Renée came to me the other day with a question about background design...mainly that she wanted some inspiration to look at, so I pointed her in the direction of Rob Richard's Animation Backgrounds blog. I'd seen it referenced before on John K's blog as a one-stop depot for animation backgrounds of all styles, minus the characters! There's even a handy list on the side that helps organize them into films and periods. Well, a day later, John K. is blogging away about backgrounds. Check out his post here, as I'm referencing only a few of the images he pulled from Rob Richard's site.
I'll be the first to admit that I have a difficult time with backgrounds. John K. does a good job breaking down the key principles of composition and hierarchy—how you frame a shot and how you organize elements on a page. Like with everything else in image-making, it's always key to consider things like contrast, positive and negative space (you know the laundry list)...all the things you would consider as a designer of anything. Here are two "stylized" backgrounds that really excel (from Warner Brothers Cartoons of the 1950s):
Breathtaking! I can recall a recent film we did where we had a scene with a park bench —notice the frame of reference here. I know I fall into the trap of keeping the horizon at a flat 180 degrees. See how much more dynamic these compositions are because of the angling of forms? They still adhere to a system of perspective and logic. Here are poignant words from John K:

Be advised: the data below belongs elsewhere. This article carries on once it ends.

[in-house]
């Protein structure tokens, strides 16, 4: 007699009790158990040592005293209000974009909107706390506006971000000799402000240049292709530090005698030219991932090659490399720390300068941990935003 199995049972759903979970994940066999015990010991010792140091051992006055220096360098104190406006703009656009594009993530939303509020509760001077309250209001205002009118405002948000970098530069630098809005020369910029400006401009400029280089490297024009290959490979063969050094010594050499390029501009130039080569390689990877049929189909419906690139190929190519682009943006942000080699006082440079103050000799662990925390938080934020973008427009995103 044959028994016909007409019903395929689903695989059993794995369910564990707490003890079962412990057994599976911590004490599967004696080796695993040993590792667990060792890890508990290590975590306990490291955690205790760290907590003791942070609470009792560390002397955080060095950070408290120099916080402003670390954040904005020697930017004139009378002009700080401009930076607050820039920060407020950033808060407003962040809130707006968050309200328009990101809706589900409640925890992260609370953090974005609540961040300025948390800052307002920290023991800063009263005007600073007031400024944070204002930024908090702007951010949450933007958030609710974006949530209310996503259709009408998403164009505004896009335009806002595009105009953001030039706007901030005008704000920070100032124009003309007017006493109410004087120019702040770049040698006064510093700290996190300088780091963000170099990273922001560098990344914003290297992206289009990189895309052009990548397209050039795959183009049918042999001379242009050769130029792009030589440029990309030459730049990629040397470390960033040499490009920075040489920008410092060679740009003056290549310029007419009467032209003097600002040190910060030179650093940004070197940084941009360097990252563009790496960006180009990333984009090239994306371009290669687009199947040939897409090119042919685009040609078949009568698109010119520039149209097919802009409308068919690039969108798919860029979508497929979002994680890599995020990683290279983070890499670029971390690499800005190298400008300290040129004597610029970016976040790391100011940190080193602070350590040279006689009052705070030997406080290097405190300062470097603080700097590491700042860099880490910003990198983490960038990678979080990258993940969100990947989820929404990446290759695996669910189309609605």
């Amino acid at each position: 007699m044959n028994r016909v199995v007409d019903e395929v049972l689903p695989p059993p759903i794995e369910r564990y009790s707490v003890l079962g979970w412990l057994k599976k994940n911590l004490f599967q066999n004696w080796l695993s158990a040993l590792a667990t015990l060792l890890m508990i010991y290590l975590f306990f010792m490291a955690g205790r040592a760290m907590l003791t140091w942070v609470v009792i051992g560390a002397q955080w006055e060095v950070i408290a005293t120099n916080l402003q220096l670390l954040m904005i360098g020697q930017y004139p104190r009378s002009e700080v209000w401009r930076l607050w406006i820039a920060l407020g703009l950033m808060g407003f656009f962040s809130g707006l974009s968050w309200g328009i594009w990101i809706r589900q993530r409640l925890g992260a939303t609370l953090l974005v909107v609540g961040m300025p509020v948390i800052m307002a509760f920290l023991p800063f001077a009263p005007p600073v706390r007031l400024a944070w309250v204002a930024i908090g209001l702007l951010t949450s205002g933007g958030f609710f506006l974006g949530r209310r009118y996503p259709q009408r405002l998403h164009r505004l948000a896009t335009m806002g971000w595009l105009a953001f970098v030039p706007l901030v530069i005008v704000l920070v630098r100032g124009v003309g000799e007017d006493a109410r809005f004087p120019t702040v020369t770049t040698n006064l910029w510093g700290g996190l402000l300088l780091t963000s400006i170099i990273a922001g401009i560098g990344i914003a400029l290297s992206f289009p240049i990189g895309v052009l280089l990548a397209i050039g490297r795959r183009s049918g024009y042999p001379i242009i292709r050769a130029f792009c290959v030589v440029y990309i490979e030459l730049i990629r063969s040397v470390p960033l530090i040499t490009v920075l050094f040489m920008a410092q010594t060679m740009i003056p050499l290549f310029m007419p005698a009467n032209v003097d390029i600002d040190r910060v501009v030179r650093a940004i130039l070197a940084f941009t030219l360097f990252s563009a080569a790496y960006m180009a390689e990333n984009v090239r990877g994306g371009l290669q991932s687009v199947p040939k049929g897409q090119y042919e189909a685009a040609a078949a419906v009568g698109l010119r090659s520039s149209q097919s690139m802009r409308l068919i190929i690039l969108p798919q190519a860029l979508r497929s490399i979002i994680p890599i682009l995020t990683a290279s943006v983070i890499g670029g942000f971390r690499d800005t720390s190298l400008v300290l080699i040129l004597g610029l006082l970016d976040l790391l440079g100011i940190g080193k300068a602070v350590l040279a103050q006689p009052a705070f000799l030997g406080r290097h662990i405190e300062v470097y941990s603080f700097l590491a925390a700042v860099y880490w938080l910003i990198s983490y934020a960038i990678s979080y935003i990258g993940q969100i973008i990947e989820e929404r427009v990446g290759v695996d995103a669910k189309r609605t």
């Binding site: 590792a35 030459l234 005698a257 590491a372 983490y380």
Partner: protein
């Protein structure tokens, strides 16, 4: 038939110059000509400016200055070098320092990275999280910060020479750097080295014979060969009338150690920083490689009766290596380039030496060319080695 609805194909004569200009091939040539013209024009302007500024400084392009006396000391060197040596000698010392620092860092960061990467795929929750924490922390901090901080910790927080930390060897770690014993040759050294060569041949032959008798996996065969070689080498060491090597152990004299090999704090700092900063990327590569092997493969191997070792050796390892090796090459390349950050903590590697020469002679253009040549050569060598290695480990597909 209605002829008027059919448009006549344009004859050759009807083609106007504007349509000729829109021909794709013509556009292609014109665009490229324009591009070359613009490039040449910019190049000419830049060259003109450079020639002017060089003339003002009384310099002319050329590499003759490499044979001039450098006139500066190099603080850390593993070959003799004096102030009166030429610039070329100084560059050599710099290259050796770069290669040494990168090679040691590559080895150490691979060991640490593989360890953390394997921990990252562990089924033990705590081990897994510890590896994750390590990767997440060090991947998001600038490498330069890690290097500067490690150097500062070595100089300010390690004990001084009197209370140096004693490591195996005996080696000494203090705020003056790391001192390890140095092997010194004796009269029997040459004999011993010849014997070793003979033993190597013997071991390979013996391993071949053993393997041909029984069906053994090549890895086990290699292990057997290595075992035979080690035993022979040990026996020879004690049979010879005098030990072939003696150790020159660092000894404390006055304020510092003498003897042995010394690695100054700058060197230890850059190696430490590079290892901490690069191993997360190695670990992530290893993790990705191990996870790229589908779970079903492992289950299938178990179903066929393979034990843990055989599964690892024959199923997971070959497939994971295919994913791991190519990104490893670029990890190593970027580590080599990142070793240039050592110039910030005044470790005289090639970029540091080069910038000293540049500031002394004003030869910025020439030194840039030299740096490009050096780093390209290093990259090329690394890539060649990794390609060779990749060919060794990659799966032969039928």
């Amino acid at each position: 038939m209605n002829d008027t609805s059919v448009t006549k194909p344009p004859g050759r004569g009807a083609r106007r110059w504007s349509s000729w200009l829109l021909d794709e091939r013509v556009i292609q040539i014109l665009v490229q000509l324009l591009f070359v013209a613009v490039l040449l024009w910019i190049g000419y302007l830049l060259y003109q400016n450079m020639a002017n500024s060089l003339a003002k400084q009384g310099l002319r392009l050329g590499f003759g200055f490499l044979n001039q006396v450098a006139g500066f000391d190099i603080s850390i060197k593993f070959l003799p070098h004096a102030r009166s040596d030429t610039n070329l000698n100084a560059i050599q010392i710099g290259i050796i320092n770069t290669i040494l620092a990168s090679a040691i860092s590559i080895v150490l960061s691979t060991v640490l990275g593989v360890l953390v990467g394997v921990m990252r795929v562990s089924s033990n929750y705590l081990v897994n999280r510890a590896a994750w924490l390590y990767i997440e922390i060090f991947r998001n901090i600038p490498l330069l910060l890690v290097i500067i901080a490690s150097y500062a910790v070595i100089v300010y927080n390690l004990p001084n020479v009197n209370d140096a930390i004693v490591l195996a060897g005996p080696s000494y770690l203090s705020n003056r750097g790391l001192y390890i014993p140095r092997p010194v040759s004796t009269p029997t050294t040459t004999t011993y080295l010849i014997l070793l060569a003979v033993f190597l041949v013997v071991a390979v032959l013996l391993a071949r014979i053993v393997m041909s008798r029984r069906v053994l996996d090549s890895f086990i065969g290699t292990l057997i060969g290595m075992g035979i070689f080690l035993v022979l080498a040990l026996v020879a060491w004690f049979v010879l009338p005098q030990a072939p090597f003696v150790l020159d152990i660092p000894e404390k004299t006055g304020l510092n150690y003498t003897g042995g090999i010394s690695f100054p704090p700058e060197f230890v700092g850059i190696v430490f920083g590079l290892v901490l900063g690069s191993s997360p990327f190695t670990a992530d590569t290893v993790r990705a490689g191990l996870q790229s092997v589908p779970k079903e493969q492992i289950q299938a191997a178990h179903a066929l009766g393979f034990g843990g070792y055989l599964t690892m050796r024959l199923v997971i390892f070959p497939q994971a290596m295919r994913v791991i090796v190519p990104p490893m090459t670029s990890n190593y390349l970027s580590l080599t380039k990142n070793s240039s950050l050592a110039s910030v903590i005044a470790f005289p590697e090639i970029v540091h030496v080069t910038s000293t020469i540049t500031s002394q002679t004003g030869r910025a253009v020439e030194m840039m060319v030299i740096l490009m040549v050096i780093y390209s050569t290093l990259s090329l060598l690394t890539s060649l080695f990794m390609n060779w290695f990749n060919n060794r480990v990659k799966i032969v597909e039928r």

"Some modern layout artists see a license for anarchy in these stylized images. I see very slightly distorted perspectives and stylistic interpretations of reality, but with still great planning and organization of all the graphic elements into a quickly readable statement that has a purpose in the scene and story. Each element does not follow its own physics ; it is subservient to the overall composition. Every detail follows and helps define the larger object it is part of."
Check out this fire red background from 101 Dalmations:
Here's a random shot from The Jungle Book. You can tell right away where Mowgli is supposed to go, and the background is balanced as to not overwhelm you with jungle:
Or a house fit for a mouse! This is from "Jonann Mouse", a Tom and Jerry cartoon that won an Oscar. This is the full pan...low to the ground (notice the chair leg in the foreground):
Anyway, that's just a small sampling. Definitely check out this invaluable resource!